Are you making payments on your credit card balances but not making much progress in paying them down? If high interest debt is causing you to lose sleep, it can be really tempting to take a loan from your retirement plan to pay it off. It could be the step that gets you back on track financially or sends you off the financial cliff. This is a high-risk decision. How do you decide if it makes sense for you?
Many employees ask themselves this question
Every day, my fellow planners and I talk to employees on our Financial Helpline who are contemplating taking a retirement plan loan to pay off debts. There’s no “one size fits all” answer to whether an employee could benefit or be hurt. Is it ever OK to borrow from your 401(k)? I’ve worked with employees who used a retirement plan loan to gain some financial wiggle room and pay off their debt for good. I’ve also talked to employees who took loans, only to call again for another a loan in a year because they built up large credit card balances again.
When to even consider a retirement loan to pay off debt?
The first question to ask yourself is whether you’ve exhausted your other options. A 401(k) loan should be the last thing you consider, not the first. Strategies you could try before taking a retirement plan loan include:
- Initiating a balance transfer to a zero or lower interest card. This strategy can work well for those who have good credit but a high balance. Keep paying the same amount every month and your debt will be paid faster. See here for the pros and cons of balance transfers and here for when it may make sense.
- Sell something. Use the proceeds to pay off some of the debt. So many of us have a lot of stuff we don’t use anymore. Is there anything you can sell to raise some extra cash? My fellow planner Kelley Long once sold almost everything she owned online, including her car, to raise cash before a big move. Another strategy I mention a lot: have a garage sale.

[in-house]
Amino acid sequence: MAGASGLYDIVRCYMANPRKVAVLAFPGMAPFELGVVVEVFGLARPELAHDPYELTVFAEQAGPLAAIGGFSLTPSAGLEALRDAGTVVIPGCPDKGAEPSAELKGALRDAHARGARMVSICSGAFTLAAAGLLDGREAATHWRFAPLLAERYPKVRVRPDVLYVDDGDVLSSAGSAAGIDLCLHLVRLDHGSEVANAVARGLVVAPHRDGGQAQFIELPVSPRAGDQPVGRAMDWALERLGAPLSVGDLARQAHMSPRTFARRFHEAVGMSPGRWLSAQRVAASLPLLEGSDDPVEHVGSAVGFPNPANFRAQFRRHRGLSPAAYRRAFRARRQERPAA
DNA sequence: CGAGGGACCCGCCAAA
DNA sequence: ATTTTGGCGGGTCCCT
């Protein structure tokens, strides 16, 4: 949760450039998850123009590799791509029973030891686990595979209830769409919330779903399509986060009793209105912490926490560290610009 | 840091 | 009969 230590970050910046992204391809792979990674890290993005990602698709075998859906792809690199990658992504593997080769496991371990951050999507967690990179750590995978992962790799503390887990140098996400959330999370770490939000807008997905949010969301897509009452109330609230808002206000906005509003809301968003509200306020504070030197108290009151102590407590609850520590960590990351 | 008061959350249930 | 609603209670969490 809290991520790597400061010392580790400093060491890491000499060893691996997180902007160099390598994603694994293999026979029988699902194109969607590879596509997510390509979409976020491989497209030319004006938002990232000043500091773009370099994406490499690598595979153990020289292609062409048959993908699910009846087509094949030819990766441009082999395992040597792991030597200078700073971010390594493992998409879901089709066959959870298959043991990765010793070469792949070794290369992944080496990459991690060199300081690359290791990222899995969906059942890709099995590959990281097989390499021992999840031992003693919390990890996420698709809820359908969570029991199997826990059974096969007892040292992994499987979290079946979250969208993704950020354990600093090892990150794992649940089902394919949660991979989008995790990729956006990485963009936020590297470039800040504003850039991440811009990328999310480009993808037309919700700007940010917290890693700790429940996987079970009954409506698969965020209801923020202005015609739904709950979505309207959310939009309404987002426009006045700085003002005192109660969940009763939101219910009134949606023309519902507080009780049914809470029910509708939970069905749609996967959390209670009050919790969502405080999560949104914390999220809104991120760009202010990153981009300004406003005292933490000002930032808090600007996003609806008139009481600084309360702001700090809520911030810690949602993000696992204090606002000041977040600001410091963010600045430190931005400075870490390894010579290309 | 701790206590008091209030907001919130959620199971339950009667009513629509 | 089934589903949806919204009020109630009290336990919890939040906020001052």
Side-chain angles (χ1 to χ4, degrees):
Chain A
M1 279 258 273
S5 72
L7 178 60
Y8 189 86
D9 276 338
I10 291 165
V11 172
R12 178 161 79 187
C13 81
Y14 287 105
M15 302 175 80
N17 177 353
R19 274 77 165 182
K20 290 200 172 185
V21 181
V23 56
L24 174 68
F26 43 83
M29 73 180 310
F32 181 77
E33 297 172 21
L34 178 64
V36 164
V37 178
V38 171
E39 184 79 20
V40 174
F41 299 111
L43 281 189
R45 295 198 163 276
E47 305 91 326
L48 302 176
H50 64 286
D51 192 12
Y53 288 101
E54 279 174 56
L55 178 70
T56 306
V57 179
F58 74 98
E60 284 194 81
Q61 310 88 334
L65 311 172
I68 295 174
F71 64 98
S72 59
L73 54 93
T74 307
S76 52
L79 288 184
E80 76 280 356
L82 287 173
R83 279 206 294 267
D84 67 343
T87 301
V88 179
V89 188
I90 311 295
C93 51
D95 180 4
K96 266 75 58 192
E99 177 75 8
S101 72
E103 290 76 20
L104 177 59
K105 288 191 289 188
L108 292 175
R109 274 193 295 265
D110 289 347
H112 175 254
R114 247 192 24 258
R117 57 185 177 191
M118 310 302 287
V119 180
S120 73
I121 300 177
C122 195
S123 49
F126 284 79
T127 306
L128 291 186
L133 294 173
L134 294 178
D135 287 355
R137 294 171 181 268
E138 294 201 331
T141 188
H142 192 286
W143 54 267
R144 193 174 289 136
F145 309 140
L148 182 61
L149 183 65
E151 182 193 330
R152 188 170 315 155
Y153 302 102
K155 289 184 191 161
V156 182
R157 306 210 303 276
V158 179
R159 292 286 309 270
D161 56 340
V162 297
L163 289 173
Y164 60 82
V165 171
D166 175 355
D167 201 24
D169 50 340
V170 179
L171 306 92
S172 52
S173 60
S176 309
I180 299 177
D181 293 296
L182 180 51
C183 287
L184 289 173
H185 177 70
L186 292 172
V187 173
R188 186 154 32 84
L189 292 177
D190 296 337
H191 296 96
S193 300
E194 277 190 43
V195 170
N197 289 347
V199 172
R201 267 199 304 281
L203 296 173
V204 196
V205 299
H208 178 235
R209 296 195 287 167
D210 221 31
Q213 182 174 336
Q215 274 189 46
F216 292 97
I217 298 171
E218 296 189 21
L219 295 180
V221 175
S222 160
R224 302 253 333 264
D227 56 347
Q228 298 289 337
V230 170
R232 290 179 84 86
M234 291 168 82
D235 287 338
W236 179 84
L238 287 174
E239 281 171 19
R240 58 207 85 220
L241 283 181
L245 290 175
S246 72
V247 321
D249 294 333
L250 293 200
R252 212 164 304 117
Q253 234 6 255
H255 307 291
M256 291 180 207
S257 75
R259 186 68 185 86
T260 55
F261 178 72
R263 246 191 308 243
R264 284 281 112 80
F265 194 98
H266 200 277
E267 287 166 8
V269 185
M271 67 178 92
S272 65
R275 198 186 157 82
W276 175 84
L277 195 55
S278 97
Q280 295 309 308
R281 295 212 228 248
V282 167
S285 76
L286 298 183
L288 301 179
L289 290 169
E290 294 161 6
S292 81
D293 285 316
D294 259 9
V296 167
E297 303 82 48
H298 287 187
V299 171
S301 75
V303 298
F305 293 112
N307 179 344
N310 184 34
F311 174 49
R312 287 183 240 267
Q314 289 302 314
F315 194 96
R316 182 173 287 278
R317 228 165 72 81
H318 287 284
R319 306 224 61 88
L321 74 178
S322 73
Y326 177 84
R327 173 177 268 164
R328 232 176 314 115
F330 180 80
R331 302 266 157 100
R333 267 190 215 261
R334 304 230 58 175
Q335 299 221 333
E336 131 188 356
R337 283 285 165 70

- Find a side gig. Do you have some time during a typical week to earn a little extra cash? Even $50 or $100 dollars per month can help you pay more than the minimum on your cards and blast your debt down. (Use this calculator to see how this works.)
Benefits of a 401(k) loan to pay off credit cards
If you’re considering a 401(k) loan to pay off credit cards, chances are that you think your credit card debt has gotten out of hand. Wouldn’t it be great to get those balances down to zero or at least to a point that’s manageable? If you’re up to your neck in credit card debt, the benefits of borrowing from your retirement plan look pretty attractive:
- You’ll pay interest to yourself, generally at a much lower rate than your credit card interest rates.
- Loan payments come out of your paycheck, so as long as you’re working for the same company, repayment is automatic.
- You’re likely to pay off the total balance sooner, since regular 401(k) loans have a maximum five year term.
- Your loan will not be reported to credit bureaus, so there’s no effect on your credit score.